OSHA’s Final Rule to Improve Tracking of Workplace Injuries and Illnesses
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OSHA’s Final Rule to Improve Tracking of Workplace Injuries and Illnessesadmin2016-08-22T14:10:46+00:00
OSHA’s Final Rule to Improve Tracking of Workplace Injury & Illness
On July 1st of 2017, OSHA will begin phasing in new injury & illness reporting requirements.
When this rule is in place, more than 400,000 employers will be required to submit annual illness and injury reports to the federal government. Many business owners will be caught unprepared by this regulatory change; make sure you are not one of them.
The objective of this new rule is for OSHA to compile a large database of workplace injuries and sicknesses. This will allow OSHA to better identify abnormally hazardous work conditions that previously might have gone unnoticed. OSHA plans to make a portion of this database publically available online, which will put many businesses’ safety records a click away from prospective employees and clients. When this rule takes effect, safety violations will not just come with a fine, but also with a great deal of embarrassment.
What Are The Requirements?
Electronic Submission Requirements
The full text can be found here, but the gist of the rule is pretty simple: once the rule is phased in completely on March 2nd, 2019, all workplaces with more than 250 employees (plus workplaces with 20 or more employees in certain industries) will be required to file their OSHA 300A form every year. Larger companies will be required to submit full form 300 and 301 forms as well. This whole process will take place electronically.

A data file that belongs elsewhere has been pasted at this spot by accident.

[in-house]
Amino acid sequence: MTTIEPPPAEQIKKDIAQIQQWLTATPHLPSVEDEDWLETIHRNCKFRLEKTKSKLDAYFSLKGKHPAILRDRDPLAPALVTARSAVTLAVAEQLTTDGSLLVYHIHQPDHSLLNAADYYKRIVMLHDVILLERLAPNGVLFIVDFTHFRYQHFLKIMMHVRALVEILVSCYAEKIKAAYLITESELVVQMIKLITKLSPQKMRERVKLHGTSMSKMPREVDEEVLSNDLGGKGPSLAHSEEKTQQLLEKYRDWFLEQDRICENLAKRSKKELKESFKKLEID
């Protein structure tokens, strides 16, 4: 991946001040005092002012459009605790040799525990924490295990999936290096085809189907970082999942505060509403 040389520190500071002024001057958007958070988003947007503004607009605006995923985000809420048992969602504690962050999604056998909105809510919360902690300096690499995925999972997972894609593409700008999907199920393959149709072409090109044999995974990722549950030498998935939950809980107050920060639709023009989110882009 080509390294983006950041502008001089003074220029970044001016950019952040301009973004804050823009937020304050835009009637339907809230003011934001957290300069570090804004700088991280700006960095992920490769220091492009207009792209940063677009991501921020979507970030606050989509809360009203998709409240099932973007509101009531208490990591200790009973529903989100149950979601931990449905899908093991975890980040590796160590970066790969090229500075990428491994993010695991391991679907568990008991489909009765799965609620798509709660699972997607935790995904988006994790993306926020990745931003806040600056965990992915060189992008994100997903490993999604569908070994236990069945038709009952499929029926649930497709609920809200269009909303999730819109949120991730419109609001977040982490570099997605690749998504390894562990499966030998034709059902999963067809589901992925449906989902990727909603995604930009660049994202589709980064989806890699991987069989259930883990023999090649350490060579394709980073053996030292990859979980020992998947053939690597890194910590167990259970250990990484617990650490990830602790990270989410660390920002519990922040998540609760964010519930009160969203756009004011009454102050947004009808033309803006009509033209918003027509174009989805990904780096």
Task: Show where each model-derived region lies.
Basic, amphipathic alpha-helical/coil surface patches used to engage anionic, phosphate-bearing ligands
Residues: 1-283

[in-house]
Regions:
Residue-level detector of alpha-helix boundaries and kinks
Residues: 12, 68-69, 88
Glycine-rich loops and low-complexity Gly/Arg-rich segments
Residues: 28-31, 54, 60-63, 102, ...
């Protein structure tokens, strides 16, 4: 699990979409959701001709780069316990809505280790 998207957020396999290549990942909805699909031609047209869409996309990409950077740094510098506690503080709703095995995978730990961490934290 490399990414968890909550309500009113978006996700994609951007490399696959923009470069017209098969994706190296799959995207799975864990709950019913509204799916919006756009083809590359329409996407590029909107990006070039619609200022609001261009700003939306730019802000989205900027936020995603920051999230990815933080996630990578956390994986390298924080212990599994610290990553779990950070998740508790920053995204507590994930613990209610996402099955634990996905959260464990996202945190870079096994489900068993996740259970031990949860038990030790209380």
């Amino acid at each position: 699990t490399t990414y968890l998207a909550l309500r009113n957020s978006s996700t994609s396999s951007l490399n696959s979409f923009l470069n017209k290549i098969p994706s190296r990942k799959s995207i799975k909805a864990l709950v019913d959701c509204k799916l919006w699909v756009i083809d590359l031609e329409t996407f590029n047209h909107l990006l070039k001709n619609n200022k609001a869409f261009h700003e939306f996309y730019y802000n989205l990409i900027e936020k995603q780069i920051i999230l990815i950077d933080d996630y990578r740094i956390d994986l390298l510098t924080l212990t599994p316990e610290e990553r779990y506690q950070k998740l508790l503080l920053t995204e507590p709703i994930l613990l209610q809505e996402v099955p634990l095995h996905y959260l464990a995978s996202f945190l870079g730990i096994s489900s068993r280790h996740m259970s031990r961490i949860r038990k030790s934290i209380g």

The other portion of the rule addresses concerns that workplace injuries are systemically under-reported. OSHA has recently said that over half of all severe workplace injuries go unreported. If the agency wants the new data they’ll be collecting under this rule to be representative, they’ll have to solve this issue of under-reporting.
Here are three ways the OSHA rule change will increase the rate of reporting:
Inform Your Workers: Your employees might not be aware of their right to report injuries, illnesses, and unsafe working conditions to OSHA. They might not even know that they are legally protected from retaliation when they report an incident! The new OSHA rule has beefed up existing requirements to inform your workers of their rights. The rule now says in no uncertain terms that you must inform your workers of their rights. You can easily meet this requirement by posting a “Job Safety and Health — It’s The Law” poster from April 2015 or later in a place where it can be read by all your employees.
Don’t Discourage Reporting: Reporting too many injuries can make you look bad, so you might not want to encourage it. Despite this, you are now under a legal obligation to make the process as hassle-free as possible for their employees. Make sure your reporting procedures are ‘reasonable’ and ‘timely’, so you don’t discourage any workers from reporting their injuries.